Cyclone Freddy kills 190 people in Malawi as rain complicates rescue efforts

BLANTYRE, March 14 (Reuters) – Cyclone Freddy, one of the most powerful storms ever recorded in the southern hemisphere, has killed 190 people in Malawi after it swept through southern Africa for the second time in a month, the Malawi government said on Tuesday .

The district around Blantyre’s commercial center was one of the hardest hit areas. Severe flooding and rain have damaged roads and bridges, hampering relief operations.

Freddy also left a trail of destruction in Mozambique, where it made landfall last weekend. More than 22,000 people were there seeking shelter away from their homes.

The latest death toll in Malawi is a jump from the 99 reported Monday, the Department of Disaster Management Affairs said.

As heavy rains continued to batter the country, 584 people were injured and 37 are still missing, it said in a statement.

Grief-stricken families were seen waiting to collect the dead bodies of relatives from the mortuary at Queen Elizabeth Central Hospital in Blantyre.

Mudslides caused by heavy rainfall have made it difficult to provide aid to those affected, aid agencies said.

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“It’s a challenging operation in the sense that there have been mudslide incidents and so people get stuck in those mud piles,” said Estere Tsoka, emergency response specialist with UN children’s organization UNICEF in Malawi.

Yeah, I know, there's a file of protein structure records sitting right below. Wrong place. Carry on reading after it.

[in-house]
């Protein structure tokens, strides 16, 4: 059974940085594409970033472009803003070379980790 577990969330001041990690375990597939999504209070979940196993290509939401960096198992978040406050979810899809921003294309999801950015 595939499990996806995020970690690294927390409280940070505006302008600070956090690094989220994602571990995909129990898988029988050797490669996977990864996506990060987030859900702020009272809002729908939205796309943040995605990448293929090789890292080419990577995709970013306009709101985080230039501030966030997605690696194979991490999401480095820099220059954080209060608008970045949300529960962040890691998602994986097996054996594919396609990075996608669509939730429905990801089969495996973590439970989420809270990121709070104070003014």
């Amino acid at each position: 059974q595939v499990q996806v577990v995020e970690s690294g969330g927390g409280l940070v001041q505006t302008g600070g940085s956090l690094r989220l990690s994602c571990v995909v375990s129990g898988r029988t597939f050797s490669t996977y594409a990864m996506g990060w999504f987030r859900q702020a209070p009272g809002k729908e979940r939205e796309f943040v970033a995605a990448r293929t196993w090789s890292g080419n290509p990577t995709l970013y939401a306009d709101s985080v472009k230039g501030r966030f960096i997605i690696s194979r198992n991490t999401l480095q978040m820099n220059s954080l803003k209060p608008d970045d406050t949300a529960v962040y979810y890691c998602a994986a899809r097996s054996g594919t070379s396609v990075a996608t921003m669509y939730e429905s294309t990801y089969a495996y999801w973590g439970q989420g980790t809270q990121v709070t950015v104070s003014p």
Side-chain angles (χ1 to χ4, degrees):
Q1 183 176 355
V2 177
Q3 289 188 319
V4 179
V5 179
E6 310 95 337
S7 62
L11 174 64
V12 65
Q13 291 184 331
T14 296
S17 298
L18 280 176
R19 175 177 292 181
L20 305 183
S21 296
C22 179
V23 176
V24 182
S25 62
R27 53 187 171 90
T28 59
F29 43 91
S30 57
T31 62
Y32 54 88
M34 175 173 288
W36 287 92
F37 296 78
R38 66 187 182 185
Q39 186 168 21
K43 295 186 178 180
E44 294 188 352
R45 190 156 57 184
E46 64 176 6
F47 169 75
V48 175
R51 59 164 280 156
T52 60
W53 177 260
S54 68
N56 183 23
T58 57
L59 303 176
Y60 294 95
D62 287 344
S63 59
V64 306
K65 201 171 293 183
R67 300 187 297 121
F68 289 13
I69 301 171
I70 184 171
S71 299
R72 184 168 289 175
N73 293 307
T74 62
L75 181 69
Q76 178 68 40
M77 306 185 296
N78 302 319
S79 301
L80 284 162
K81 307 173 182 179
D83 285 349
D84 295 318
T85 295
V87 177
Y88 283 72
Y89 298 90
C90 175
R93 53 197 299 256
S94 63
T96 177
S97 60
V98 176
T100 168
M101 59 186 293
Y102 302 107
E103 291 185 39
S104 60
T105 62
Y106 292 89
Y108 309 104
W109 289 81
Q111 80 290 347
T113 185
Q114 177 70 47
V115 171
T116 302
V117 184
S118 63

“People have been trying to find a place there for a while.”

Freddy stormed central Mozambique on Saturday, tearing roofs off buildings and causing widespread flooding around the port of Quelimane before moving inland towards Malawi.

The full extent of the damage and loss of life in Mozambique is still becoming apparent, but the total death toll is now estimated at more than 220 in Malawi, Mozambique and Madagascar since Freddy first made landfall in February.

Alcidio Benjamim, a provincial manager for Mozambique’s humanitarian organization ForAfrika, told Reuters Sofala and Zambezia provinces have been badly hit by the latest hit. He said as of Monday, 22,000 people or 4,000 families were seeking shelter in Zambezia province in shelters.

“We expect (those) numbers to increase because there are inaccessible areas due to the floods. Some vehicles cannot get through the roads,” said Benjaminim.

Freddy could cross Zambezia province again, with more wind and rain. “We’ll know tomorrow morning if it’s more intense or not,” Benjaminim added.

Reporting by Frank Phiri at Blantyre; Additional reporting by Carien du Plessis in Johannesburg; Written by Bhargav Acharya and Alexander Winning; Edited by Olivia Kumwenda-Mtambo and Angus MacSwan

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